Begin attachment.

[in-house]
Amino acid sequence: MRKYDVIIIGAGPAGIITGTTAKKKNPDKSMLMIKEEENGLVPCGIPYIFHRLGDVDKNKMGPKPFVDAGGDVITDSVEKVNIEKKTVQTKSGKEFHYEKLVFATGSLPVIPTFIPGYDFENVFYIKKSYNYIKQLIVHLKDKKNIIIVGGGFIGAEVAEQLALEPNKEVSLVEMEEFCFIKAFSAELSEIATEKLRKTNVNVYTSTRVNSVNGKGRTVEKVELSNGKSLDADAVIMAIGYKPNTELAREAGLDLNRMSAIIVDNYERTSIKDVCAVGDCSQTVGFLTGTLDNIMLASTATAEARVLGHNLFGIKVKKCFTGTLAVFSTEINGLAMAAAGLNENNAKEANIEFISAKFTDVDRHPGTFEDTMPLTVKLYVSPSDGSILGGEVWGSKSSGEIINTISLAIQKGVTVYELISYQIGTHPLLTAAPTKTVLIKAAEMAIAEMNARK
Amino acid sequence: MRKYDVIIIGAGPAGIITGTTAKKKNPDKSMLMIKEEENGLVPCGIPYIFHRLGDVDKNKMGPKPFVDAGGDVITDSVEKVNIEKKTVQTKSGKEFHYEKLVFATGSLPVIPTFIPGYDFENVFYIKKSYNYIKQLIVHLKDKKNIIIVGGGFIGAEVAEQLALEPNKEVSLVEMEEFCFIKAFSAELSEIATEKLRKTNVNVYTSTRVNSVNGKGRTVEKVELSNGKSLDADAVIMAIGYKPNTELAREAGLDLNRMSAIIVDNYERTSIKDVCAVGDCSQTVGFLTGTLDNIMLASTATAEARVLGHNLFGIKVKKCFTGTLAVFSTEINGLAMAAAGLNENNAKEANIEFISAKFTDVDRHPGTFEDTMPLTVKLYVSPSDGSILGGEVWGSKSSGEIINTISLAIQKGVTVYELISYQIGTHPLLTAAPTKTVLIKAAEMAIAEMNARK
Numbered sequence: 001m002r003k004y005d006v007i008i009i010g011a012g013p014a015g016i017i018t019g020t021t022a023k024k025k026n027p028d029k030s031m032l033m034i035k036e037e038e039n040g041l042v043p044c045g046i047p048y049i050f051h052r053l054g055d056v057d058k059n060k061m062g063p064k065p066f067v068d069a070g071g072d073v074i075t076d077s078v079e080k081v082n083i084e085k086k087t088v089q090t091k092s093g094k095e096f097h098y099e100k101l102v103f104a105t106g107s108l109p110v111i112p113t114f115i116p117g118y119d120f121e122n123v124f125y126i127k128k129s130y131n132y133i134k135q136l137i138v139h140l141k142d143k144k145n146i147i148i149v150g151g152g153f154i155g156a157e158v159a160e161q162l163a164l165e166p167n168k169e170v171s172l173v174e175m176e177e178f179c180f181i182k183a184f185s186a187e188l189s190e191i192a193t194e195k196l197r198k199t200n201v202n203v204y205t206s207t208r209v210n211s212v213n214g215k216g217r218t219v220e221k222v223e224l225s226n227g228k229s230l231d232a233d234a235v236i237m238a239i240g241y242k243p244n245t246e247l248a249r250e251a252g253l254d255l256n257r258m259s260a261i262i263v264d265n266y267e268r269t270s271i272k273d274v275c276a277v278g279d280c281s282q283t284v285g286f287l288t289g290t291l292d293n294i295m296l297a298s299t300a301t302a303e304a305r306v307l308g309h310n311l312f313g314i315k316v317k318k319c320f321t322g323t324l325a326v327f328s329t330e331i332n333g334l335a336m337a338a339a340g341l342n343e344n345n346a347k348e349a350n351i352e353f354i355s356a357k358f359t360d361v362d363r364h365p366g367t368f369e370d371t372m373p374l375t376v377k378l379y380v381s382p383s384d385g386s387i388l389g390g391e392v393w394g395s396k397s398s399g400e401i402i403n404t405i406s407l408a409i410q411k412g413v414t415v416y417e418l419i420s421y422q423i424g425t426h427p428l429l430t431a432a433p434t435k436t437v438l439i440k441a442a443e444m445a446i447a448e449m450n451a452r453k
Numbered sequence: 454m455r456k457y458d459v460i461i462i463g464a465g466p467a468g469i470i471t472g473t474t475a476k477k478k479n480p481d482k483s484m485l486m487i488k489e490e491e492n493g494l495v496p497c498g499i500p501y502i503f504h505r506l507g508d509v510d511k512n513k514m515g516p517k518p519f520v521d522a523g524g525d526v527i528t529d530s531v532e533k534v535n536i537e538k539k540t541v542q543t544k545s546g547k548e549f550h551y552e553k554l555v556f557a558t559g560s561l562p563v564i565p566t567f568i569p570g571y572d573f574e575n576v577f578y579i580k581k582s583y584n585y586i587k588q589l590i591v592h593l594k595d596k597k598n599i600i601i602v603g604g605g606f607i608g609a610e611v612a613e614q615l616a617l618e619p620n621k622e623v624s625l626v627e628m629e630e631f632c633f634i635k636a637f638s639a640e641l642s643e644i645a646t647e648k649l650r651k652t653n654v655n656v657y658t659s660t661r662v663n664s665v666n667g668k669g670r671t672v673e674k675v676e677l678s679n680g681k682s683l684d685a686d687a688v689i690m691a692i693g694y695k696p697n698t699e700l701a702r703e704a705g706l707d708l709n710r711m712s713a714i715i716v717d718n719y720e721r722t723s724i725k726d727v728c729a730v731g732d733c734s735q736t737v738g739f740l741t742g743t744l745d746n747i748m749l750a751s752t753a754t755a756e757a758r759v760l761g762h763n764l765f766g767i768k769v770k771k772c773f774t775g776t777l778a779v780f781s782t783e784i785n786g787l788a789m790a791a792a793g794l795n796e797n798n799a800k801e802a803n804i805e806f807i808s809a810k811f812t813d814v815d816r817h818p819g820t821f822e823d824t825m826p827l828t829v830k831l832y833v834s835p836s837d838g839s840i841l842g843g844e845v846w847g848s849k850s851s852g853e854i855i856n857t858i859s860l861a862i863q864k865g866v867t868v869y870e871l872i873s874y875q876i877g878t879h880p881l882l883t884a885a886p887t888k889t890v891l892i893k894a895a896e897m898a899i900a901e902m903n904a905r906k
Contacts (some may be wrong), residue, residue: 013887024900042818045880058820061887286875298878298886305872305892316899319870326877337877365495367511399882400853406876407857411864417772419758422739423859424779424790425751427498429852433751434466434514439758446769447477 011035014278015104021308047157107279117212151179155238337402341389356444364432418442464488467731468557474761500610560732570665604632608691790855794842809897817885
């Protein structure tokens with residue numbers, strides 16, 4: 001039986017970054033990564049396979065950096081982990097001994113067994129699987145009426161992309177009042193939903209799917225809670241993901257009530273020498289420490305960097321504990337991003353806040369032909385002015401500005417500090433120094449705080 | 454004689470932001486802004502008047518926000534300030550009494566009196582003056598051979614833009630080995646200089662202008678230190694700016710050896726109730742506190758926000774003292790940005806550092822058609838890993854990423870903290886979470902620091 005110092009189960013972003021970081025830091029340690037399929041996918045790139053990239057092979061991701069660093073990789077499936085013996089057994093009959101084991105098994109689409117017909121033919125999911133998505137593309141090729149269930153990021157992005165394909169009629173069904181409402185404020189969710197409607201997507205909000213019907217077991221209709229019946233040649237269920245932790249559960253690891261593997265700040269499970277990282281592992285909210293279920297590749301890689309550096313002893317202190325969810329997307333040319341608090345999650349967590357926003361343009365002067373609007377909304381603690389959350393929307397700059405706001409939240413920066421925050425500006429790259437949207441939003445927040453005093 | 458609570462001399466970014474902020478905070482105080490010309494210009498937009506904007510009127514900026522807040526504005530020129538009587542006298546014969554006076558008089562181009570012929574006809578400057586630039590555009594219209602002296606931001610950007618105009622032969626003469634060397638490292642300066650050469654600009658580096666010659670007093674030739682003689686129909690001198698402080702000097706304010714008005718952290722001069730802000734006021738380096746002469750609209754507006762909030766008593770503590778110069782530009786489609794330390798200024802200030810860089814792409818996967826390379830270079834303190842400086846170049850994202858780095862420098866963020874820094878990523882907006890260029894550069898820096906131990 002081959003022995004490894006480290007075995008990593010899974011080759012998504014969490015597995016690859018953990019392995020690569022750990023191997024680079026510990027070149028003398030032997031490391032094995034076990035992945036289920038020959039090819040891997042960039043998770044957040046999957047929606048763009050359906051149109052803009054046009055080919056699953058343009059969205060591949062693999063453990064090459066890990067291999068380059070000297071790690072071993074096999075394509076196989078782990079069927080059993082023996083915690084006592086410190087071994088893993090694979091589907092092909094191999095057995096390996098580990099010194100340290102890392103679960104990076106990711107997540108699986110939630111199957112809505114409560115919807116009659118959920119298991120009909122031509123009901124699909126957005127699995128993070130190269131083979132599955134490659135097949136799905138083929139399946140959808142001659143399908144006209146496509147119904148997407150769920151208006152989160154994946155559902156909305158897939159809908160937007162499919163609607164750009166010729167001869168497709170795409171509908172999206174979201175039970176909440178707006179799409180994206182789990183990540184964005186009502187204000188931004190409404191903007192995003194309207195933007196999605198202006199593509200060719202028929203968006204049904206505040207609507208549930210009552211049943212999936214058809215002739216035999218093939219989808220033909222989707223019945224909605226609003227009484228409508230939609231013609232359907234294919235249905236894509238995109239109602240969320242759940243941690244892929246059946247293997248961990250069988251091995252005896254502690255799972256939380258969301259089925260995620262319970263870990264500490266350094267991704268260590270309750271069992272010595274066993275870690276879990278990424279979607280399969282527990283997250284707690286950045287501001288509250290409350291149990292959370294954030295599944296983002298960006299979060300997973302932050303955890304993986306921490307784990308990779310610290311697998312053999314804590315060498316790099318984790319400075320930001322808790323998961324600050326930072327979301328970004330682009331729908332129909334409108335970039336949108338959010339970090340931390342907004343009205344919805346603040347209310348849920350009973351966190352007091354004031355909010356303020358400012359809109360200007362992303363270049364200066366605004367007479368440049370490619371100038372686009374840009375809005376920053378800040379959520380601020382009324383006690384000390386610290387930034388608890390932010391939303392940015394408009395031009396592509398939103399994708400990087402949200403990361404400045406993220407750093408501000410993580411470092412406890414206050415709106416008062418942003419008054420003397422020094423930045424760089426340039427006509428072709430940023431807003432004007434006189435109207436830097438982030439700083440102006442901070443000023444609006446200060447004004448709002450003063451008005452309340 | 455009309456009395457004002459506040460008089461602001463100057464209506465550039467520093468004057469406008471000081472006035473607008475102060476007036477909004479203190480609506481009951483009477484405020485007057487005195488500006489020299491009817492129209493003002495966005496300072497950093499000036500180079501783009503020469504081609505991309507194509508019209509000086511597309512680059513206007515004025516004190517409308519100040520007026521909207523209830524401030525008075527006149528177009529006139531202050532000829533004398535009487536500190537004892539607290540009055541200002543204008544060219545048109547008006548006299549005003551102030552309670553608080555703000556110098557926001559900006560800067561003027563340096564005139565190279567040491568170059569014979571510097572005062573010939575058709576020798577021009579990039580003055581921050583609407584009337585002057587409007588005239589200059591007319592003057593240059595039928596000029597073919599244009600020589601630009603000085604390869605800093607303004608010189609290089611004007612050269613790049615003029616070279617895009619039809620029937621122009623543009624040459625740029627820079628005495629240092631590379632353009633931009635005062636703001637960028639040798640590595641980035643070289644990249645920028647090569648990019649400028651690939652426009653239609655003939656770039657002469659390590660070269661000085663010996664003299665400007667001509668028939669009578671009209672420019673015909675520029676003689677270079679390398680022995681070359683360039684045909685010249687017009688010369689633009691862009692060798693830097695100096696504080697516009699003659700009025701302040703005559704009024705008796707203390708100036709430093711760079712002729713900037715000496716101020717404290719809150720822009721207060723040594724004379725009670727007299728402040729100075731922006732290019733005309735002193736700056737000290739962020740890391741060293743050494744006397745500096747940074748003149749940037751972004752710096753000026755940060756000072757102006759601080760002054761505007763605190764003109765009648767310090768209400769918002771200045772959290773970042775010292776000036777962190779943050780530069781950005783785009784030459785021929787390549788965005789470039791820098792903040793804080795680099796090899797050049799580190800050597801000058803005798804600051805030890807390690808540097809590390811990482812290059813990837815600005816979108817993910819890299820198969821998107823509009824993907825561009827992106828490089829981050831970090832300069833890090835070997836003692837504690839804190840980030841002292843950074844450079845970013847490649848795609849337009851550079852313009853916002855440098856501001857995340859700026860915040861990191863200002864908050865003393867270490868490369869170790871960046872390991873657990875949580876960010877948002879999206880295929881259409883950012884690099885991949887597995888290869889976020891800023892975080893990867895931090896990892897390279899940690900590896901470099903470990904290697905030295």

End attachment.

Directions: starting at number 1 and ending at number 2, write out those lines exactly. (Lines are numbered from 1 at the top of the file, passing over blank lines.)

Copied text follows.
[in-house]
Amino acid sequence: MRKYDVIIIGAGPAGIITGTTAKKKNPDKSMLMIKEEENGLVPCGIPYIFHRLGDVDKNKMGPKPFVDAGGDVITDSVEKVNIEKKTVQTKSGKEFHYEKLVFATGSLPVIPTFIPGYDFENVFYIKKSYNYIKQLIVHLKDKKNIIIVGGGFIGAEVAEQLALEPNKEVSLVEMEEFCFIKAFSAELSEIATEKLRKTNVNVYTSTRVNSVNGKGRTVEKVELSNGKSLDADAVIMAIGYKPNTELAREAGLDLNRMSAIIVDNYERTSIKDVCAVGDCSQTVGFLTGTLDNIMLASTATAEARVLGHNLFGIKVKKCFTGTLAVFSTEINGLAMAAAGLNENNAKEANIEFISAKFTDVDRHPGTFEDTMPLTVKLYVSPSDGSILGGEVWGSKSSGEIINTISLAIQKGVTVYELISYQIGTHPLLTAAPTKTVLIKAAEMAIAEMNARK